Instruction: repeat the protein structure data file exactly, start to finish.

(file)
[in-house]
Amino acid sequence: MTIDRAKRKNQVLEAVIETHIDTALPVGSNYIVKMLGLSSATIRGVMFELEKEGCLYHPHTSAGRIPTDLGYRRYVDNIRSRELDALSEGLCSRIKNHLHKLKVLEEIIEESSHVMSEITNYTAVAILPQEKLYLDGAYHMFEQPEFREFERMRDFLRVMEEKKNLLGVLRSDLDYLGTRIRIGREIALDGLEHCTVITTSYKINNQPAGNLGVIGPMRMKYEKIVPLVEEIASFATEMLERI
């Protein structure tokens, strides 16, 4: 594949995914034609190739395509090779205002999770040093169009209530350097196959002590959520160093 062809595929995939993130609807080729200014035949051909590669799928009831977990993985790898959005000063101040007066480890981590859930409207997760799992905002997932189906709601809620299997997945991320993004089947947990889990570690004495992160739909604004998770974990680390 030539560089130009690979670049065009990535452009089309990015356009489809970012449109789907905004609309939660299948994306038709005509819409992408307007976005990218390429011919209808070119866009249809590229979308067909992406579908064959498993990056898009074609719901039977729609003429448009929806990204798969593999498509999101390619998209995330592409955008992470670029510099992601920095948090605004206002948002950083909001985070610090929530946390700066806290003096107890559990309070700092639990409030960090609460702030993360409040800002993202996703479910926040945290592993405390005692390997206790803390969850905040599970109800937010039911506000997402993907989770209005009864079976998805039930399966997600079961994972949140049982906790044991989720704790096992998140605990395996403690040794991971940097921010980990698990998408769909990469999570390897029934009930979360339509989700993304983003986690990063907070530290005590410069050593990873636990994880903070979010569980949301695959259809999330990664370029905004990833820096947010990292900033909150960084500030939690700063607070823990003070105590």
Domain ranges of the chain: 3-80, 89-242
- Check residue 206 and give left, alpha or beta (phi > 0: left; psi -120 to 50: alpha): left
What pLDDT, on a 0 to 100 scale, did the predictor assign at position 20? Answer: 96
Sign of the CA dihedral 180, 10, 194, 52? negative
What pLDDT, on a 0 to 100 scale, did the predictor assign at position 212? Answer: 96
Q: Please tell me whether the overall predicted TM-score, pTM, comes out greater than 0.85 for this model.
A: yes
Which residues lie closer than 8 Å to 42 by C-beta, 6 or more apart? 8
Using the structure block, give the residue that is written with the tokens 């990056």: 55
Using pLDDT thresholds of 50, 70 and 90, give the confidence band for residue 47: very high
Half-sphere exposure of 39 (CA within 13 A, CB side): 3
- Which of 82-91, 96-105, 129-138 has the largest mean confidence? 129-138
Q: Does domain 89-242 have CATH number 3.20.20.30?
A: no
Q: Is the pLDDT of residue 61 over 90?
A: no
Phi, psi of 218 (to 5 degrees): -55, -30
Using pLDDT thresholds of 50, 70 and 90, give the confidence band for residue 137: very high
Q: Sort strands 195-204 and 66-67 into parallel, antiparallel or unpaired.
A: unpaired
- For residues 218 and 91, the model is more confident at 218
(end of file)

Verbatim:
[in-house]
Amino acid sequence: MTIDRAKRKNQVLEAVIETHIDTALPVGSNYIVKMLGLSSATIRGVMFELEKEGCLYHPHTSAGRIPTDLGYRRYVDNIRSRELDALSEGLCSRIKNHLHKLKVLEEIIEESSHVMSEITNYTAVAILPQEKLYLDGAYHMFEQPEFREFERMRDFLRVMEEKKNLLGVLRSDLDYLGTRIRIGREIALDGLEHCTVITTSYKINNQPAGNLGVIGPMRMKYEKIVPLVEEIASFATEMLERI
């Protein structure tokens, strides 16, 4: 594949995914034609190739395509090779205002999770040093169009209530350097196959002590959520160093 062809595929995939993130609807080729200014035949051909590669799928009831977990993985790898959005000063101040007066480890981590859930409207997760799992905002997932189906709601809620299997997945991320993004089947947990889990570690004495992160739909604004998770974990680390 030539560089130009690979670049065009990535452009089309990015356009489809970012449109789907905004609309939660299948994306038709005509819409992408307007976005990218390429011919209808070119866009249809590229979308067909992406579908064959498993990056898009074609719901039977729609003429448009929806990204798969593999498509999101390619998209995330592409955008992470670029510099992601920095948090605004206002948002950083909001985070610090929530946390700066806290003096107890559990309070700092639990409030960090609460702030993360409040800002993202996703479910926040945290592993405390005692390997206790803390969850905040599970109800937010039911506000997402993907989770209005009864079976998805039930399966997600079961994972949140049982906790044991989720704790096992998140605990395996403690040794991971940097921010980990698990998408769909990469999570390897029934009930979360339509989700993304983003986690990063907070530290005590410069050593990873636990994880903070979010569980949301695959259809999330990664370029905004990833820096947010990292900033909150960084500030939690700063607070823990003070105590």
Domain ranges of the chain: 3-80, 89-242
- Check residue 206 and give left, alpha or beta (phi > 0: left; psi -120 to 50: alpha): left
What pLDDT, on a 0 to 100 scale, did the predictor assign at position 20? Answer: 96
Sign of the CA dihedral 180, 10, 194, 52? negative
What pLDDT, on a 0 to 100 scale, did the predictor assign at position 212? Answer: 96
Q: Please tell me whether the overall predicted TM-score, pTM, comes out greater than 0.85 for this model.
A: yes
Which residues lie closer than 8 Å to 42 by C-beta, 6 or more apart? 8
Using the structure block, give the residue that is written with the tokens 């990056």: 55
Using pLDDT thresholds of 50, 70 and 90, give the confidence band for residue 47: very high
Half-sphere exposure of 39 (CA within 13 A, CB side): 3
- Which of 82-91, 96-105, 129-138 has the largest mean confidence? 129-138
Q: Does domain 89-242 have CATH number 3.20.20.30?
A: no
Q: Is the pLDDT of residue 61 over 90?
A: no
Phi, psi of 218 (to 5 degrees): -55, -30
Using pLDDT thresholds of 50, 70 and 90, give the confidence band for residue 137: very high
Q: Sort strands 195-204 and 66-67 into parallel, antiparallel or unpaired.
A: unpaired
- For residues 218 and 91, the model is more confident at 218